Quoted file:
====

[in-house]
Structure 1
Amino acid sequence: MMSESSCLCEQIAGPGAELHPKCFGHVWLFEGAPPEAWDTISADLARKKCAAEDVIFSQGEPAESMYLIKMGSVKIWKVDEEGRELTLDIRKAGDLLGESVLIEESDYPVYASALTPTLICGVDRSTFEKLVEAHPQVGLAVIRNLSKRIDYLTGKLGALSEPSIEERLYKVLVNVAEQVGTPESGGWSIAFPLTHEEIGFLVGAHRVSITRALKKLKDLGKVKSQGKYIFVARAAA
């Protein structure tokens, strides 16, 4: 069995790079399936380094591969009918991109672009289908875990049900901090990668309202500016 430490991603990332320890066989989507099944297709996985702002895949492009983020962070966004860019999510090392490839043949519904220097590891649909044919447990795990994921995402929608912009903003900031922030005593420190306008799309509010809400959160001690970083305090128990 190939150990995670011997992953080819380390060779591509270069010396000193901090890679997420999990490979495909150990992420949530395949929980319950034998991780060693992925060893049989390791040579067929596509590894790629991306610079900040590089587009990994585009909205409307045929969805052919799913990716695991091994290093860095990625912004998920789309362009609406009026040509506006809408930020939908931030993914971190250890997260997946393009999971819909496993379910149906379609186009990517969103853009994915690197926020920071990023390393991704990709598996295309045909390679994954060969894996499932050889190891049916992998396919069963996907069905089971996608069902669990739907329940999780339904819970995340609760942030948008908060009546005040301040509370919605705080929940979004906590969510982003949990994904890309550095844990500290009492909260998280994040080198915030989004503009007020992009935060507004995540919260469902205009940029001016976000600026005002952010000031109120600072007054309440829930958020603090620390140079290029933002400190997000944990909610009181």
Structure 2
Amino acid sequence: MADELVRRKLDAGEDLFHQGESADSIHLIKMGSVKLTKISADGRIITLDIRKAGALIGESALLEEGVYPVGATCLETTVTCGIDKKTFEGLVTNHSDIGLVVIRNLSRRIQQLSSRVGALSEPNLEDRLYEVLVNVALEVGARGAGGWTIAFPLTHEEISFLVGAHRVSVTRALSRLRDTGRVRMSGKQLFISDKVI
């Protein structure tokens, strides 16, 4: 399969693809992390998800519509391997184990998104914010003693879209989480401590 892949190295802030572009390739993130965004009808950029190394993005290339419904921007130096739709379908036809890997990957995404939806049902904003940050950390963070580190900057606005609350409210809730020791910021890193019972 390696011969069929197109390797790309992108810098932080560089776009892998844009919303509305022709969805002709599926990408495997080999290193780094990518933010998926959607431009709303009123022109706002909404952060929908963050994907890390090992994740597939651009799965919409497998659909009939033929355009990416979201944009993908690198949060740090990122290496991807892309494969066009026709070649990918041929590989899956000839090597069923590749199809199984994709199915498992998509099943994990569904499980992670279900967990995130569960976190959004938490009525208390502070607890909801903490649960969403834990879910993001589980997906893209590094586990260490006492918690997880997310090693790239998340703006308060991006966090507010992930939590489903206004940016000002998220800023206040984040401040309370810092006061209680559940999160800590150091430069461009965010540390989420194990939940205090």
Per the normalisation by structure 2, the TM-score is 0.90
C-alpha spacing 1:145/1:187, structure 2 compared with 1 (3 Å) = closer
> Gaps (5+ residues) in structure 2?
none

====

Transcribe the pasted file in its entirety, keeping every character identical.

[in-house]
Structure 1
Amino acid sequence: MMSESSCLCEQIAGPGAELHPKCFGHVWLFEGAPPEAWDTISADLARKKCAAEDVIFSQGEPAESMYLIKMGSVKIWKVDEEGRELTLDIRKAGDLLGESVLIEESDYPVYASALTPTLICGVDRSTFEKLVEAHPQVGLAVIRNLSKRIDYLTGKLGALSEPSIEERLYKVLVNVAEQVGTPESGGWSIAFPLTHEEIGFLVGAHRVSITRALKKLKDLGKVKSQGKYIFVARAAA
């Protein structure tokens, strides 16, 4: 069995790079399936380094591969009918991109672009289908875990049900901090990668309202500016 430490991603990332320890066989989507099944297709996985702002895949492009983020962070966004860019999510090392490839043949519904220097590891649909044919447990795990994921995402929608912009903003900031922030005593420190306008799309509010809400959160001690970083305090128990 190939150990995670011997992953080819380390060779591509270069010396000193901090890679997420999990490979495909150990992420949530395949929980319950034998991780060693992925060893049989390791040579067929596509590894790629991306610079900040590089587009990994585009909205409307045929969805052919799913990716695991091994290093860095990625912004998920789309362009609406009026040509506006809408930020939908931030993914971190250890997260997946393009999971819909496993379910149906379609186009990517969103853009994915690197926020920071990023390393991704990709598996295309045909390679994954060969894996499932050889190891049916992998396919069963996907069905089971996608069902669990739907329940999780339904819970995340609760942030948008908060009546005040301040509370919605705080929940979004906590969510982003949990994904890309550095844990500290009492909260998280994040080198915030989004503009007020992009935060507004995540919260469902205009940029001016976000600026005002952010000031109120600072007054309440829930958020603090620390140079290029933002400190997000944990909610009181």
Structure 2
Amino acid sequence: MADELVRRKLDAGEDLFHQGESADSIHLIKMGSVKLTKISADGRIITLDIRKAGALIGESALLEEGVYPVGATCLETTVTCGIDKKTFEGLVTNHSDIGLVVIRNLSRRIQQLSSRVGALSEPNLEDRLYEVLVNVALEVGARGAGGWTIAFPLTHEEISFLVGAHRVSVTRALSRLRDTGRVRMSGKQLFISDKVI
């Protein structure tokens, strides 16, 4: 399969693809992390998800519509391997184990998104914010003693879209989480401590 892949190295802030572009390739993130965004009808950029190394993005290339419904921007130096739709379908036809890997990957995404939806049902904003940050950390963070580190900057606005609350409210809730020791910021890193019972 390696011969069929197109390797790309992108810098932080560089776009892998844009919303509305022709969805002709599926990408495997080999290193780094990518933010998926959607431009709303009123022109706002909404952060929908963050994907890390090992994740597939651009799965919409497998659909009939033929355009990416979201944009993908690198949060740090990122290496991807892309494969066009026709070649990918041929590989899956000839090597069923590749199809199984994709199915498992998509099943994990569904499980992670279900967990995130569960976190959004938490009525208390502070607890909801903490649960969403834990879910993001589980997906893209590094586990260490006492918690997880997310090693790239998340703006308060991006966090507010992930939590489903206004940016000002998220800023206040984040401040309370810092006061209680559940999160800590150091430069461009965010540390989420194990939940205090």
Per the normalisation by structure 2, the TM-score is 0.90
C-alpha spacing 1:145/1:187, structure 2 compared with 1 (3 Å) = closer
> Gaps (5+ residues) in structure 2?
none